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Buoyant mood among producers at Pig & Poultry Fair

16 May 2018, at 12:00am

Pig and poultry producers are fit and ready to embrace change, with a bright outlook ahead despite a few Brexit clouds on the horizon

Visitors to the British Pig & Poultry Fair were in buoyant mood on Tuesday, with standing room only in the popular Forum programme and trade stands buzzing with producers looking to invest in their businesses.

“In a recent survey we discovered that 63% of pig, poultry and egg producers feel positive about their business outlook in the next two years,” explains show organiser Alice Bell. “And nearly 80% of visitors to the last Fair planned to make changes to their business as a result of visiting.”

In the pig sector, producers remained in the black throughout 2017 and into 2018, with processors also enjoying profitable times, said Mick Sloyan at AHDB Pork. “That bodes well for the whole supply chain.” The successful marketing campaign on the healthy attributes of pork fillets and loin had boosted consumer demand, yielding a £6.43 return on every £1 spent, and AHDB has further plans for a TV campaign in September, he added.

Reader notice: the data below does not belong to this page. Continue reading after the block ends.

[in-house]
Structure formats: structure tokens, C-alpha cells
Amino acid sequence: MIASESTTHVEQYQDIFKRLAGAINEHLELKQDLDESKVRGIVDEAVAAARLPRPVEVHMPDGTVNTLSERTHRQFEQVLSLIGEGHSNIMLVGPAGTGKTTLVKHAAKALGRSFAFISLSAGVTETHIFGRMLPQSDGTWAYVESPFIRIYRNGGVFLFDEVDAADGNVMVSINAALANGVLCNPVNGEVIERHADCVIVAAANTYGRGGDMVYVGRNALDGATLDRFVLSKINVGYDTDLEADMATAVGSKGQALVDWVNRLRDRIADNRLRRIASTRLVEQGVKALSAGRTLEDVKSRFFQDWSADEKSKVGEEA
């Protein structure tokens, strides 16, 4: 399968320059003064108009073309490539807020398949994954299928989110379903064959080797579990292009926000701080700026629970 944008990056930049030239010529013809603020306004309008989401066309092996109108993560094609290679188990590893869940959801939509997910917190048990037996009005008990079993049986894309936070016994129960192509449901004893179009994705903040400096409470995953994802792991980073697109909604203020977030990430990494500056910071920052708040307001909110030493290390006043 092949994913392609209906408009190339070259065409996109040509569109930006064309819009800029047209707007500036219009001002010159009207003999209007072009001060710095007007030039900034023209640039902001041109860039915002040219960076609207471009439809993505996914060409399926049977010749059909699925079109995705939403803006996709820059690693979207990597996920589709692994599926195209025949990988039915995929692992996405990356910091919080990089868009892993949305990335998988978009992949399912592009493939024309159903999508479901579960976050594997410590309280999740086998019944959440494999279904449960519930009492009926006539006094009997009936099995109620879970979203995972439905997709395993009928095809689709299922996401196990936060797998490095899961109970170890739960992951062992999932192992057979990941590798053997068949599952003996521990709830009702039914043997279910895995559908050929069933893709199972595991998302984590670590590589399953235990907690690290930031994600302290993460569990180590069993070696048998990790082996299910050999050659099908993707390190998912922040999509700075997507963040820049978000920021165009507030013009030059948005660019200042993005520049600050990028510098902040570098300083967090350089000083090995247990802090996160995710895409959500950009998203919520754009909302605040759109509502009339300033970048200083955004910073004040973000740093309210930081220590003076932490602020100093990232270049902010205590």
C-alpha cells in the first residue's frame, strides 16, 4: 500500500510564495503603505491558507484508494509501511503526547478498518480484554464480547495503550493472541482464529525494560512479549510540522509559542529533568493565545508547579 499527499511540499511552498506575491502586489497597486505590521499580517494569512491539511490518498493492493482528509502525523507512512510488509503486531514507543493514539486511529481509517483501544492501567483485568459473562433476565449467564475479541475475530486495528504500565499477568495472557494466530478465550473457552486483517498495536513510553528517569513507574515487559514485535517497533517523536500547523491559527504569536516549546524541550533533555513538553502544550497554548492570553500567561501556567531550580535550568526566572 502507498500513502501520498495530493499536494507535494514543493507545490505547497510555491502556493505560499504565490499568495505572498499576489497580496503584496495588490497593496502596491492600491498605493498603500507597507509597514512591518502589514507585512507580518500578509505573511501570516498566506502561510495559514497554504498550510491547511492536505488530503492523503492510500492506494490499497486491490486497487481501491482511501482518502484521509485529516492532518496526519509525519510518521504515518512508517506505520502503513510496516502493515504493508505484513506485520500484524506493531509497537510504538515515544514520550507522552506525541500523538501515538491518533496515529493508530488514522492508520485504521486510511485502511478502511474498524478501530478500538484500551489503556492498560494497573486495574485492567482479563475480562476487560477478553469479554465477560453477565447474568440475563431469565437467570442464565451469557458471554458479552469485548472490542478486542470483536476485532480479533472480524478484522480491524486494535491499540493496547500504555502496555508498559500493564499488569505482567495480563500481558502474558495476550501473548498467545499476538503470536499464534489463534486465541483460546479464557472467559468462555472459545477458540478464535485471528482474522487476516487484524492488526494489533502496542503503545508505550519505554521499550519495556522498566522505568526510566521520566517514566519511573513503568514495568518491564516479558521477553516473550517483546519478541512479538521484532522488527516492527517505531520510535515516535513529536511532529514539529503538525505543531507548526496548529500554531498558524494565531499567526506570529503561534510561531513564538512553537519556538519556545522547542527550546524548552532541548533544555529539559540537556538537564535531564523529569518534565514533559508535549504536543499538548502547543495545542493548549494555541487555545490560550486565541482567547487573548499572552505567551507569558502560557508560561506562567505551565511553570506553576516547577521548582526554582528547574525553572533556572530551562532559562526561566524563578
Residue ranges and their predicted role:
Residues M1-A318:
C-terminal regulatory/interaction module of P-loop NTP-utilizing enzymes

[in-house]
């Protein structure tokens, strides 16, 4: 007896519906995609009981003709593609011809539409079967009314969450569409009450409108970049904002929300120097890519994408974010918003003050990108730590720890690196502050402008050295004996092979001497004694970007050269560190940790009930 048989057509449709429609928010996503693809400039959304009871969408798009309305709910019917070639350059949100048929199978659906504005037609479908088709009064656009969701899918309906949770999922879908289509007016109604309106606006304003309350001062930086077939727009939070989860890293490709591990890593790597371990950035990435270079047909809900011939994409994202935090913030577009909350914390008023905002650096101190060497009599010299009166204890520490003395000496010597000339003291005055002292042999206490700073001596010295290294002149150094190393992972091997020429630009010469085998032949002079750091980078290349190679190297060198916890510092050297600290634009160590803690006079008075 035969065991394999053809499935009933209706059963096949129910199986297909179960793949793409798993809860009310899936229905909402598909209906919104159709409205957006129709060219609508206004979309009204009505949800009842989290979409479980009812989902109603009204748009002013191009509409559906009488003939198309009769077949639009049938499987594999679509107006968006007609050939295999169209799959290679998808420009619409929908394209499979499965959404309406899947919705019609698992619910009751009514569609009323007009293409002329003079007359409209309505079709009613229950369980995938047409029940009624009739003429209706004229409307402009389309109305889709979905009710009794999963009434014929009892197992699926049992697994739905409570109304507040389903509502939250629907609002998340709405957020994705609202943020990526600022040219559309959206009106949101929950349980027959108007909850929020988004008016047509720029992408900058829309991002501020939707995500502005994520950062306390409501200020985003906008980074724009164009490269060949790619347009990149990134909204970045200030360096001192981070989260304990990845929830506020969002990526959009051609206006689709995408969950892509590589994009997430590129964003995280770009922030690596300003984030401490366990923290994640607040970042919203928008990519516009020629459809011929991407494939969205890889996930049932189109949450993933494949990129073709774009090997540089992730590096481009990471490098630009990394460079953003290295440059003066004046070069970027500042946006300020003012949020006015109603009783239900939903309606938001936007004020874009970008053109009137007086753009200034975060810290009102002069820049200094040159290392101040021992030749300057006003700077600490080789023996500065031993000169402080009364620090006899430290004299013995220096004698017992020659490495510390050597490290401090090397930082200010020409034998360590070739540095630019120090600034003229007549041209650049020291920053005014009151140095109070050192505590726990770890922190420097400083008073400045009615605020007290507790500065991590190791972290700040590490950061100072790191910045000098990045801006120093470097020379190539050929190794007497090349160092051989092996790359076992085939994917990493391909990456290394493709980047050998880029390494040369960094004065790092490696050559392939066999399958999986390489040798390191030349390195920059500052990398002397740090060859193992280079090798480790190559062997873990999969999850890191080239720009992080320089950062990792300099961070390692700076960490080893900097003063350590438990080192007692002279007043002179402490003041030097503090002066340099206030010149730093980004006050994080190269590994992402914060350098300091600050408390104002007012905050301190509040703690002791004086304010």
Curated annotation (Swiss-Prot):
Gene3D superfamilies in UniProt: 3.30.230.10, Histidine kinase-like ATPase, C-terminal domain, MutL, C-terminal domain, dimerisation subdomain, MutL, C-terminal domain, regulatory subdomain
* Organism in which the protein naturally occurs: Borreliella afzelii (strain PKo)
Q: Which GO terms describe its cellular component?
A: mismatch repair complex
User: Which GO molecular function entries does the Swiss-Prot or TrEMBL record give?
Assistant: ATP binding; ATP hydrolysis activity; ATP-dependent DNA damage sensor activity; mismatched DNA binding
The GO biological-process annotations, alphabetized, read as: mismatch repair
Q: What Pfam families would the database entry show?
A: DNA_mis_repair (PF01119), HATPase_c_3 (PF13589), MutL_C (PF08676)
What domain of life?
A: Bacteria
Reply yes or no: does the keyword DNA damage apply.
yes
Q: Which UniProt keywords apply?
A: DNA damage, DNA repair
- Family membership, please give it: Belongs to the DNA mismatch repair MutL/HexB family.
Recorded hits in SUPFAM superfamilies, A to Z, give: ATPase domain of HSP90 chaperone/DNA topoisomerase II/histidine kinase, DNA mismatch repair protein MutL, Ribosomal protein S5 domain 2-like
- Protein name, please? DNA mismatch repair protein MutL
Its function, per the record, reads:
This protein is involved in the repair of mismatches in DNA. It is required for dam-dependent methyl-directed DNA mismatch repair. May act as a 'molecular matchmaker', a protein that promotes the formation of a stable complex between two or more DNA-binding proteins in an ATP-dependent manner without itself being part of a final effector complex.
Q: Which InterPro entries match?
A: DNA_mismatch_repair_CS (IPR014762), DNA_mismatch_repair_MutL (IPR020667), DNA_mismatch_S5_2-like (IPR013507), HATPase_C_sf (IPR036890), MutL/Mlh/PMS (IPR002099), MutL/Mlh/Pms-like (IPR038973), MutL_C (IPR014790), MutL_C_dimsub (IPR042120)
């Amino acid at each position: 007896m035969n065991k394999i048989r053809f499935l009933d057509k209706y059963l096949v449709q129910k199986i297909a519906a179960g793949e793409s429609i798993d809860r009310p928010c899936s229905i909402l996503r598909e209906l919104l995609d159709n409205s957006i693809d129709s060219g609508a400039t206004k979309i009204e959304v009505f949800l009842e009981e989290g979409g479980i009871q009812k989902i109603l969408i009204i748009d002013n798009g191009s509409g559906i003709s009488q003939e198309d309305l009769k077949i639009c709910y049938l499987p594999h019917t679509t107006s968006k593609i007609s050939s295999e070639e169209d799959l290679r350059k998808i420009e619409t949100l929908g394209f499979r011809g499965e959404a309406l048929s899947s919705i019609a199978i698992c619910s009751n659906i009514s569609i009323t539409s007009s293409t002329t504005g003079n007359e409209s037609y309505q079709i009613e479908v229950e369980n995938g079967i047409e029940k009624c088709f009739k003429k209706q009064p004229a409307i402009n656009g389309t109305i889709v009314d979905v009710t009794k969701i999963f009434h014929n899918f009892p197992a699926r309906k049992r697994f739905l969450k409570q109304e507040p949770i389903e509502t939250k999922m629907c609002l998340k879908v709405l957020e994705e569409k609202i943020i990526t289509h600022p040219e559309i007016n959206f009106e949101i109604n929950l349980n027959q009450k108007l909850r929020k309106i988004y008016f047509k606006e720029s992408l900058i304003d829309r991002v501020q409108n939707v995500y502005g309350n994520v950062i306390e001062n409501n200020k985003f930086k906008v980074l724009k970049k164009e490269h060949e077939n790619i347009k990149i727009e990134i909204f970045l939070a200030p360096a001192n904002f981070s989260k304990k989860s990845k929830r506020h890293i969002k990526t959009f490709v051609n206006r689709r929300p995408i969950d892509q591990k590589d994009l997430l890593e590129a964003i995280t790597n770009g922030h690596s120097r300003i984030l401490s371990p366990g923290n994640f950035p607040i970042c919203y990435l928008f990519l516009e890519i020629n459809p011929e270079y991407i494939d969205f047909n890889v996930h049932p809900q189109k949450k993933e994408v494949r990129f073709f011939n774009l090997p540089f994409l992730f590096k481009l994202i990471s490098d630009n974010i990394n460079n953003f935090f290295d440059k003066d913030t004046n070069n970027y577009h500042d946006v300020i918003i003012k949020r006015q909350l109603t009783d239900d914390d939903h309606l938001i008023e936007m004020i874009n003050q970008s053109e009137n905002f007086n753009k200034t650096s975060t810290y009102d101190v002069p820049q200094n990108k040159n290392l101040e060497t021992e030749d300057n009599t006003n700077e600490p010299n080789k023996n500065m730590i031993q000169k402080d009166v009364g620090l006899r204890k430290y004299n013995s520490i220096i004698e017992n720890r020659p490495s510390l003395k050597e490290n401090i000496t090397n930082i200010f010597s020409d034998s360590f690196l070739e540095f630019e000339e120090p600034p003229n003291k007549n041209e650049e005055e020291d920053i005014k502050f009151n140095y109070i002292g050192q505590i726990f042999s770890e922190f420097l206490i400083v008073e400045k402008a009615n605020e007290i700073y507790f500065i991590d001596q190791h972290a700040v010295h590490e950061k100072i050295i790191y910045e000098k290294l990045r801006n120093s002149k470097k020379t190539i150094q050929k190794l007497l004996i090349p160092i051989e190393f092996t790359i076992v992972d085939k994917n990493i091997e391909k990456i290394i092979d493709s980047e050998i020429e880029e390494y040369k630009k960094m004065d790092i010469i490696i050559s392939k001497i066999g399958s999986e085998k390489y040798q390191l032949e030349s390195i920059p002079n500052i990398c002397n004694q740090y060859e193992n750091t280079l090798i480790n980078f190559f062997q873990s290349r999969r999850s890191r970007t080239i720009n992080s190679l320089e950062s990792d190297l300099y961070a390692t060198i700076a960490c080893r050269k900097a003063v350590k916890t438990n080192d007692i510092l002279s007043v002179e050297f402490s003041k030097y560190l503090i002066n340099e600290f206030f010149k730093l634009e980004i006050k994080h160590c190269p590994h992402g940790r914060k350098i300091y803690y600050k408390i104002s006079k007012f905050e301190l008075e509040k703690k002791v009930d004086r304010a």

Mick Sloyan presenting during the Pig and Poultry Fair Forums

Pork producers had done a tremendous job of reducing antibiotic use, slashing it by 28% on 2016 and 53% on 2015, to just 131mg/kg in 2017, said Mr Sloyan. “We are targeting 99mg/kg by 2020 and I’m confident that we can achieve that while maintaining pig health and welfare.”

Export trade remained buoyant due to the weak Pound, and would be critical to the industry after Brexit, said Ed Barker, senior policy adviser at the National Pig Association. Some 70% of UK pork exports go to the EU – so trade deals will be extremely influential. “I believe an EU trade deal will come ahead of all others, but the Irish border will define Brexit.”

However, Government demands in the Health and Harmony Paper could leave the industry trying to do too much at one time, with too little resource. “The Government wish list is too much to be able to have it all – there will be a trade-off and we need to have a strong industry voice,” said Mr Barker.

Andrew Saunders from Tulip Foods said it was important to keep focusing on high welfare standards, but not the extent that the industry shoots itself in the foot and opens the doors to cheaper imports. “We need to build transparency in the supply chain and sell our positive story.”

Danny Johnson, head of commercial at ABN, said it was brilliant to see such a positive turnout at the British Pig and Poultry Fair. “Sharing insight and best practice is key to the future of the pig and poultry sectors, so it's great to see so many attendees making the most of the forum sessions, arming themselves with some great knowledge on how to best use innovation and technology.”

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